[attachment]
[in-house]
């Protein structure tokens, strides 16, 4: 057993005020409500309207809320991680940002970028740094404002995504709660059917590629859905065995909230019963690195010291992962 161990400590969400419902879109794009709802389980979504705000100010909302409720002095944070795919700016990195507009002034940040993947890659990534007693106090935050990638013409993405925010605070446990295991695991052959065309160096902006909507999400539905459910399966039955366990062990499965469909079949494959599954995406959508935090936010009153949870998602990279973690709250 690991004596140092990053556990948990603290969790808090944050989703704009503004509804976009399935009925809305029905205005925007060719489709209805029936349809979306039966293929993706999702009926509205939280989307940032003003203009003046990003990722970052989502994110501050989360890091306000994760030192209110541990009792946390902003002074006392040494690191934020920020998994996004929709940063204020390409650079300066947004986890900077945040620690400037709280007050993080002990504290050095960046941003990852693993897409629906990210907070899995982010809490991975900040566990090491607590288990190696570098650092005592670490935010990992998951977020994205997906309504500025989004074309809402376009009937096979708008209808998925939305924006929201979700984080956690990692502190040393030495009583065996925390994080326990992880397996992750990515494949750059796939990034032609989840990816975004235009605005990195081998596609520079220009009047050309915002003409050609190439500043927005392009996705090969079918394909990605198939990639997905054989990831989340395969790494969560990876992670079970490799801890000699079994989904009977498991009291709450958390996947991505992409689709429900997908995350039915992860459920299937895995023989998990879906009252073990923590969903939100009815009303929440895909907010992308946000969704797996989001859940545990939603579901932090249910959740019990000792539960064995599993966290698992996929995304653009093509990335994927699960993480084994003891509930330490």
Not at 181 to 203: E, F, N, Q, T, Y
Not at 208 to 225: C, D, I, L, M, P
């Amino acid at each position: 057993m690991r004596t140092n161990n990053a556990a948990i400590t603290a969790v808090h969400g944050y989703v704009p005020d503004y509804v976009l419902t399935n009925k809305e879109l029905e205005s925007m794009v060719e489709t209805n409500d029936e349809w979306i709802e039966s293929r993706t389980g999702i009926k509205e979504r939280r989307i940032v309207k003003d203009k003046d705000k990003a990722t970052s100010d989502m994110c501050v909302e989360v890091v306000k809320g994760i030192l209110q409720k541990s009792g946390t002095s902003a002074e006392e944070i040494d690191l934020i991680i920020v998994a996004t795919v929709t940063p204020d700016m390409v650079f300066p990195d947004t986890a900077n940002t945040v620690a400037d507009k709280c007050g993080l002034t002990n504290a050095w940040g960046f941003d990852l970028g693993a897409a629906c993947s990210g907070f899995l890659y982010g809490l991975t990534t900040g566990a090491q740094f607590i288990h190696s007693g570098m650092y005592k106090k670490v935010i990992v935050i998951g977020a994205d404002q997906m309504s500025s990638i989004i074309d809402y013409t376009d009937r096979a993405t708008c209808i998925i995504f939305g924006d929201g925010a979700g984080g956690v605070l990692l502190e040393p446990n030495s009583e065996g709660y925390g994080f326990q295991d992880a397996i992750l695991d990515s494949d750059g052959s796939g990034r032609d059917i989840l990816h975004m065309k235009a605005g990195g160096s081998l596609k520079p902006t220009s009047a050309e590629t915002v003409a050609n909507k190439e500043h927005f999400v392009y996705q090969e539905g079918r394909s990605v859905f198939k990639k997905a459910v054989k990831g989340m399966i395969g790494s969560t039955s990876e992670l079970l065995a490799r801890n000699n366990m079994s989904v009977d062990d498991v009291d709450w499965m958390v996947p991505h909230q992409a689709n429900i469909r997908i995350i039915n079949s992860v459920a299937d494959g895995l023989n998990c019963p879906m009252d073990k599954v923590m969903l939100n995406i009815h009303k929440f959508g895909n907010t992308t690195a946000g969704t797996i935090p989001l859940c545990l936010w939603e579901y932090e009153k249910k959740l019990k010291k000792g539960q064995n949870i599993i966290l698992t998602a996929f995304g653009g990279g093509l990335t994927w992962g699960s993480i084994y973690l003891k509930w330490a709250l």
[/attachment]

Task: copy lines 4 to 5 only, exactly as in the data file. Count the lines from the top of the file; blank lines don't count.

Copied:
Not at 208 to 225: C, D, I, L, M, P
């Amino acid at each position: 057993m690991r004596t140092n161990n990053a556990a948990i400590t603290a969790v808090h969400g944050y989703v704009p005020d503004y509804v976009l419902t399935n009925k809305e879109l029905e205005s925007m794009v060719e489709t209805n409500d029936e349809w979306i709802e039966s293929r993706t389980g999702i009926k509205e979504r939280r989307i940032v309207k003003d203009k003046d705000k990003a990722t970052s100010d989502m994110c501050v909302e989360v890091v306000k809320g994760i030192l209110q409720k541990s009792g946390t002095s902003a002074e006392e944070i040494d690191l934020i991680i920020v998994a996004t795919v929709t940063p204020d700016m390409v650079f300066p990195d947004t986890a900077n940002t945040v620690a400037d507009k709280c007050g993080l002034t002990n504290a050095w940040g960046f941003d990852l970028g693993a897409a629906c993947s990210g907070f899995l890659y982010g809490l991975t990534t900040g566990a090491q740094f607590i288990h190696s007693g570098m650092y005592k106090k670490v935010i990992v935050i998951g977020a994205d404002q997906m309504s500025s990638i989004i074309d809402y013409t376009d009937r096979a993405t708008c209808i998925i995504f939305g924006d929201g925010a979700g984080g956690v605070l990692l502190e040393p446990n030495s009583e065996g709660y925390g994080f326990q295991d992880a397996i992750l695991d990515s494949d750059g052959s796939g990034r032609d059917i989840l990816h975004m065309k235009a605005g990195g160096s081998l596609k520079p902006t220009s009047a050309e590629t915002v003409a050609n909507k190439e500043h927005f999400v392009y996705q090969e539905g079918r394909s990605v859905f198939k990639k997905a459910v054989k990831g989340m399966i395969g790494s969560t039955s990876e992670l079970l065995a490799r801890n000699n366990m079994s989904v009977d062990d498991v009291d709450w499965m958390v996947p991505h909230q992409a689709n429900i469909r997908i995350i039915n079949s992860v459920a299937d494959g895995l023989n998990c019963p879906m009252d073990k599954v923590m969903l939100n995406i009815h009303k929440f959508g895909n907010t992308t690195a946000g969704t797996i935090p989001l859940c545990l936010w939603e579901y932090e009153k249910k959740l019990k010291k000792g539960q064995n949870i599993i966290l698992t998602a996929f995304g653009g990279g093509l990335t994927w992962g699960s993480i084994y973690l003891k509930w330490a709250l």